Dmitriev and other members of his family have gone through hell over the last three and a half years, but it is Natasha whose whole life has probably been destroyed. 

It seems very likely that another victim of this sordid case was Sergei Koltyrin, another historian of the Terror and Director of the Medvezhyegorsk District Museum from 1991 until his arrest in October 1998.  Koltyrin had always worked very closely with Dmitriev and Memorial, and had until 2015 taken part in the annual International Days of Remembrance at Sandarmokh. 

It was thanks to Dmitriev and his Memorial colleagues that thousands of Ukrainians, Russians and representatives of other nationalities have learned the fate of their parents or grandparents.  It was they who discovered the mass graves at the Sandarmokh Clearing in Karelia where the last remains lie of nine thousand victims of the Terror.  Among them were 1,111 prisoners of the notorious Solovetsky Labour Camp, killed by quota from 27 October to 4 November 1937.  They included 289 Ukrainian writers, playwrights, scientists and other members of the intelligentsia. 

There are extremely strong grounds for linking the persecution of Dmitriev and, probably, Koltyrin, with attempts by the current Russian regime to whitewash the darkest pages of Soviet history.  This has led to a terrifying number of Russians now seeing Joseph Stalin in a positive light, and, since 2016 to attempts to claim that the mass graves at Sandarmokh are those of Soviet soldiers supposedly killed by the Finnish Army.  There are no grounds for believing this, and both Dmitriev and Koltyrin had publicly rejected the claims. Shortly before Koltyrin’s arrest, he had spoken out publicly against the barbaric excavations at Sandarmokh undertaken over the last two summers.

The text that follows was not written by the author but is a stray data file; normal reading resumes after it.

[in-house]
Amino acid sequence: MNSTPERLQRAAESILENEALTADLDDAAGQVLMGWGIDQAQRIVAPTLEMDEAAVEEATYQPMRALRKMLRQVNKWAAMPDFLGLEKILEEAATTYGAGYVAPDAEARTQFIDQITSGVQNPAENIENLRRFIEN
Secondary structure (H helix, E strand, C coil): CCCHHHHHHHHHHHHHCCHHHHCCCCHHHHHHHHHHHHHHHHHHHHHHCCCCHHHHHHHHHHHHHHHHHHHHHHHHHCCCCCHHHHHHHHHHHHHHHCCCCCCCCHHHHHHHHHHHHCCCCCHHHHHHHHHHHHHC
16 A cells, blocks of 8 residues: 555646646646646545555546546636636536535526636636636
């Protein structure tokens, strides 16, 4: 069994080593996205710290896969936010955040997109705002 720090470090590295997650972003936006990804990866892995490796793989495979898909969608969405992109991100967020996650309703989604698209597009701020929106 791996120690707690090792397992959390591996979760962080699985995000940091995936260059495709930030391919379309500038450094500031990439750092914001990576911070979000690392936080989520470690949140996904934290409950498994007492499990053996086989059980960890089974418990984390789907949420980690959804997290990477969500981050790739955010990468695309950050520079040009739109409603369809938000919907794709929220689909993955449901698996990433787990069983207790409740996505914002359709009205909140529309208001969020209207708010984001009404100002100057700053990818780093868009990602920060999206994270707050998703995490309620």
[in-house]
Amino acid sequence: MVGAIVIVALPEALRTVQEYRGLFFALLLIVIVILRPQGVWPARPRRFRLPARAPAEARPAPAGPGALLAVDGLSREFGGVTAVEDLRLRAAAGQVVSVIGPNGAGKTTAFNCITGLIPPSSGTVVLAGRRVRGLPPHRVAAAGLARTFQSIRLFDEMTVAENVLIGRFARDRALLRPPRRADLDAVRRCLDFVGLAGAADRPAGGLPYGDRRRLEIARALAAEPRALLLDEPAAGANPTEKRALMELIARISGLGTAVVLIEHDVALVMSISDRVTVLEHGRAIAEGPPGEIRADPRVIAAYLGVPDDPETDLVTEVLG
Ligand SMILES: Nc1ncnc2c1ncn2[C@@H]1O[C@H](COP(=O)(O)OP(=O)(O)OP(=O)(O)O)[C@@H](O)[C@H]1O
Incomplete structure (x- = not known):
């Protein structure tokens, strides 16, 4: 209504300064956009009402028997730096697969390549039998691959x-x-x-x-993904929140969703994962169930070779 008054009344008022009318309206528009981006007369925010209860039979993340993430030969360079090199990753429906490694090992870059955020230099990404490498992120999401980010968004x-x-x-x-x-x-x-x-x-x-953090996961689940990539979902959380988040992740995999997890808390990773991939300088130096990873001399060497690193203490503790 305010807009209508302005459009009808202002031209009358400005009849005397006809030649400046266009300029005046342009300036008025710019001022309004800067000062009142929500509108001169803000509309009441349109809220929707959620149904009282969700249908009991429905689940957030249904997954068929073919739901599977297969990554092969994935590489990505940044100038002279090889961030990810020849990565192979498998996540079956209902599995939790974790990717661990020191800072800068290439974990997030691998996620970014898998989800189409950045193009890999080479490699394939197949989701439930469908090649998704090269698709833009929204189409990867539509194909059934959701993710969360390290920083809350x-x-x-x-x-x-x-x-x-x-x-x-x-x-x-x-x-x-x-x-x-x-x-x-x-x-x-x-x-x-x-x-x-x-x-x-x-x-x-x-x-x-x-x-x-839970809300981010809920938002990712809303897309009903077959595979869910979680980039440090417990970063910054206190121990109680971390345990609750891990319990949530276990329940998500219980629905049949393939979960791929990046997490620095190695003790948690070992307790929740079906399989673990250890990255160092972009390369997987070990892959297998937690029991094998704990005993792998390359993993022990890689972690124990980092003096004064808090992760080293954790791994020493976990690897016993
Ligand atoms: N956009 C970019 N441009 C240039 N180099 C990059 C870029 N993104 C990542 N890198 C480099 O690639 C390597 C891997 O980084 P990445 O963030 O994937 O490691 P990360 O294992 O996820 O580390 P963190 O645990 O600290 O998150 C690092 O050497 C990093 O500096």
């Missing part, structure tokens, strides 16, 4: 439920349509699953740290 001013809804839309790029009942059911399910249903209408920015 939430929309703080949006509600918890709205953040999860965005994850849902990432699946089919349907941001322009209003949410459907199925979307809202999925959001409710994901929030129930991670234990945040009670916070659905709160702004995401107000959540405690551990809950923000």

Sergei Koltyrin died in a prison hospital in the early hours of 2 April 2020.  He had been sentenced to nine years on charges that bore a disturbing similarity to those against Dmitriev and after shenanigans clearly aimed at preventing Viktor Anufriev, Dmitriev’s lawyer, from defending Koltyrin. 

It does seem likely that the other victim of the Dmitriev case was supposed to be historical truth, at least about Sandarmokh.  Certainly a discussion on Sandarmokh and highly controversial excavations was cancelled shortly after Koltyrin’s arrest, suggesting that politicians and others in Karelia were not convinced of the lack of political motivation for the prosecutions of Dmitriev and Koltyrin.

In fact, though, the prosecution miscalculated.  There have been more people, rather than less, at the annual ‘pilgrimage’ to Sandarmokh in August and Dmitriev himself has spent time in detention updating an important book on Sandarmokh.  As he said during his final address:   To this day I don’t know what the aim was of beginning this prosecution. Was it to stop people’s memory?  With these acts, they won’t succeed.  To deprive me of the opportunity of taking part in this?  I have not taken part for three years, yet it [the remembrance of victims and restoration of memory] has not been stifled”.